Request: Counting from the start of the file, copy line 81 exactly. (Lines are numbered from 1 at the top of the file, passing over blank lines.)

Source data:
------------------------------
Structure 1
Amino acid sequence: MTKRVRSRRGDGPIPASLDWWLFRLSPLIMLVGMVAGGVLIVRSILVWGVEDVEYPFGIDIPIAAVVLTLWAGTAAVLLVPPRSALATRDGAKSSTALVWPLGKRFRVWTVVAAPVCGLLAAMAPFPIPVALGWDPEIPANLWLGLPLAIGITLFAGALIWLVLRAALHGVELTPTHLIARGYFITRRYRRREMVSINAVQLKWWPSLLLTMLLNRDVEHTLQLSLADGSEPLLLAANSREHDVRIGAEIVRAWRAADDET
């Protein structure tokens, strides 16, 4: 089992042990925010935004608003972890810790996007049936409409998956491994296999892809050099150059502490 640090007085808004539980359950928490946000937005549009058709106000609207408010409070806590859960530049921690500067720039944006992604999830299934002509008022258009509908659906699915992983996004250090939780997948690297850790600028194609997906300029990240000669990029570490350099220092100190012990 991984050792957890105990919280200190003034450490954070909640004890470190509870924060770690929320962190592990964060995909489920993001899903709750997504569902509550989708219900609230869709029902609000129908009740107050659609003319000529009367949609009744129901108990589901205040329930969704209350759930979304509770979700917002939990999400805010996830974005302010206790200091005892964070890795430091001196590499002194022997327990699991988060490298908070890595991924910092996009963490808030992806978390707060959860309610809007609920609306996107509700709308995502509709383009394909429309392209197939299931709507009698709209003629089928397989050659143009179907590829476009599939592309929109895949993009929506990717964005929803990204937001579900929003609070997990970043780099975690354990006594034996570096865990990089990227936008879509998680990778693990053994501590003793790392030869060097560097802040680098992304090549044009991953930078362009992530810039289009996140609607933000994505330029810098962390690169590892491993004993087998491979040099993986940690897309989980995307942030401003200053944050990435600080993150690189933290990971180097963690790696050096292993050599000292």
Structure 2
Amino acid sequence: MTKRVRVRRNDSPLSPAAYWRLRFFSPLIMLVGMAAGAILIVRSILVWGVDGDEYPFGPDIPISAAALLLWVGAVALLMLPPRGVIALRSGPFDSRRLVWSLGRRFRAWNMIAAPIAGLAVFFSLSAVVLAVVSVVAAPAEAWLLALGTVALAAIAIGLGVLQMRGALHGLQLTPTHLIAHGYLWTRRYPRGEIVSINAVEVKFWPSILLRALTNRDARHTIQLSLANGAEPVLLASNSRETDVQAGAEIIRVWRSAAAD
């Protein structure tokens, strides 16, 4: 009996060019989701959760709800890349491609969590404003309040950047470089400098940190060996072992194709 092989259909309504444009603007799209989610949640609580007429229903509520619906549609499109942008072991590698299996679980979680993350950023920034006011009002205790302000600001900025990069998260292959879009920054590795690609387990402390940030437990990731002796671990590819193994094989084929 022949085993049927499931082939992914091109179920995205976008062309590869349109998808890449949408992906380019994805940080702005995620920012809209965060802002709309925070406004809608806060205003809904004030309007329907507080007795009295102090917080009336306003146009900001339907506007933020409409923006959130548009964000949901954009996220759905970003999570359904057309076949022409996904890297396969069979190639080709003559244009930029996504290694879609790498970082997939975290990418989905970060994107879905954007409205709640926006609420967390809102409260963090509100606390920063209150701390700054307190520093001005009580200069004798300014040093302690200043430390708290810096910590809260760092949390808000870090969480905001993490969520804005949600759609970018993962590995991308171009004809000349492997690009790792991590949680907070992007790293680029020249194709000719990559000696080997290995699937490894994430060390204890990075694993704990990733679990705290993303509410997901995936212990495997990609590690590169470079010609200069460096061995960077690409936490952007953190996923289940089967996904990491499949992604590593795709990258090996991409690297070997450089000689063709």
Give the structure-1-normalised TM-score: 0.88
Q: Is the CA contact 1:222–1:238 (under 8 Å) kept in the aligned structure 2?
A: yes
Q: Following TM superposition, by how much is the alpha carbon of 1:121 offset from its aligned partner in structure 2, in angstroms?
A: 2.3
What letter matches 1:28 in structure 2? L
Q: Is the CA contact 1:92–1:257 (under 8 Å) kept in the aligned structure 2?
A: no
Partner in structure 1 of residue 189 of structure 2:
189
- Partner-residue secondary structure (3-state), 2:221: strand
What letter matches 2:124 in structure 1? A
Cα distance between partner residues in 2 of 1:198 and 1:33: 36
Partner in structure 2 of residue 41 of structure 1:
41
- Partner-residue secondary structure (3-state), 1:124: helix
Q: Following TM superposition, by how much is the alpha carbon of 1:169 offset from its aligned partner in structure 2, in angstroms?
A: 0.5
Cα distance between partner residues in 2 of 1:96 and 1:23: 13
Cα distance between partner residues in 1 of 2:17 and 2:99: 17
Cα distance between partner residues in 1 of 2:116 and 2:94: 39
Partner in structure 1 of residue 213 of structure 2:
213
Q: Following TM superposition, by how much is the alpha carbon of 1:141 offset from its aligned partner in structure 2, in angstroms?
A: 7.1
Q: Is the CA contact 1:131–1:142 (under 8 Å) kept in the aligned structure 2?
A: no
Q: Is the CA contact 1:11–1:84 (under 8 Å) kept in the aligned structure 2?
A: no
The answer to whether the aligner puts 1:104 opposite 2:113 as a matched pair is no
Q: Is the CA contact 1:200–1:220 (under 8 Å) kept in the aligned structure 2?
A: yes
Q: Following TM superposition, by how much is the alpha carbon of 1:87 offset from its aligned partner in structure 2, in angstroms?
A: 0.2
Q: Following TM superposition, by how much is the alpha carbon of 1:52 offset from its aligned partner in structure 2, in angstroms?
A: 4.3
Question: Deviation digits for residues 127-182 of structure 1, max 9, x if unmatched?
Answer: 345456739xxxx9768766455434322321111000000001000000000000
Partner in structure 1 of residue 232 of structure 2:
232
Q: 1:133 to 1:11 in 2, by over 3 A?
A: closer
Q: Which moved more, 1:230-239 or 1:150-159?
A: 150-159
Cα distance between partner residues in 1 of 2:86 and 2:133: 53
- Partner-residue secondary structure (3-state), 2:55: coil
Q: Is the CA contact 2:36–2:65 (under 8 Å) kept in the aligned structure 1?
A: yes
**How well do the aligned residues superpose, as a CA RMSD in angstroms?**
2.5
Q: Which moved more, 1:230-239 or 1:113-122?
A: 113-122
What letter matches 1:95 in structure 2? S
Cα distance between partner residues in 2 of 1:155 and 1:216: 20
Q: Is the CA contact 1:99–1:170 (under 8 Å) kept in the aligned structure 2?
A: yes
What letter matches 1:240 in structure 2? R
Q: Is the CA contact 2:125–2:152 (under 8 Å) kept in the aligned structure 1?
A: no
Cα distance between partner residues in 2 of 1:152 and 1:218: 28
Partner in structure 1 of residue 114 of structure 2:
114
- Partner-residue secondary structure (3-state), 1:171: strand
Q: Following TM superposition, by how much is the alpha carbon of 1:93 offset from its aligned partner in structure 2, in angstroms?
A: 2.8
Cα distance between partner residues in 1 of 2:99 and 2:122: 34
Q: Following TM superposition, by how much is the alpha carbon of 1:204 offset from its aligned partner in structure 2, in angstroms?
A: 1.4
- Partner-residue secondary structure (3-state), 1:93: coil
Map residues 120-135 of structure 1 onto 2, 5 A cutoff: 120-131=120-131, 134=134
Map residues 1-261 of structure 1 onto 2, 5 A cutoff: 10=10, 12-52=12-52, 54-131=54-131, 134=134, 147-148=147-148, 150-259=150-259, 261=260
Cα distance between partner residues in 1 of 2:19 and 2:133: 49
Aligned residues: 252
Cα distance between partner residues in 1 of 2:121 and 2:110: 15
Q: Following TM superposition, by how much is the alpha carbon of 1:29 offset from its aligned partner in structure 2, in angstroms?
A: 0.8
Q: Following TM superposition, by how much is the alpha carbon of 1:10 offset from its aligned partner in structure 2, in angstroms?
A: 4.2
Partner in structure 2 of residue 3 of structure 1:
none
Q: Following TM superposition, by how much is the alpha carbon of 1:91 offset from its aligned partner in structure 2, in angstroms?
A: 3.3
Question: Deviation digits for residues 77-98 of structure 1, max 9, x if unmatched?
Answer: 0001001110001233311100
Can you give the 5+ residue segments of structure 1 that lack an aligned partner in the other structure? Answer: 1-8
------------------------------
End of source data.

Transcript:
Q: Following TM superposition, by how much is the alpha carbon of 1:29 offset from its aligned partner in structure 2, in angstroms?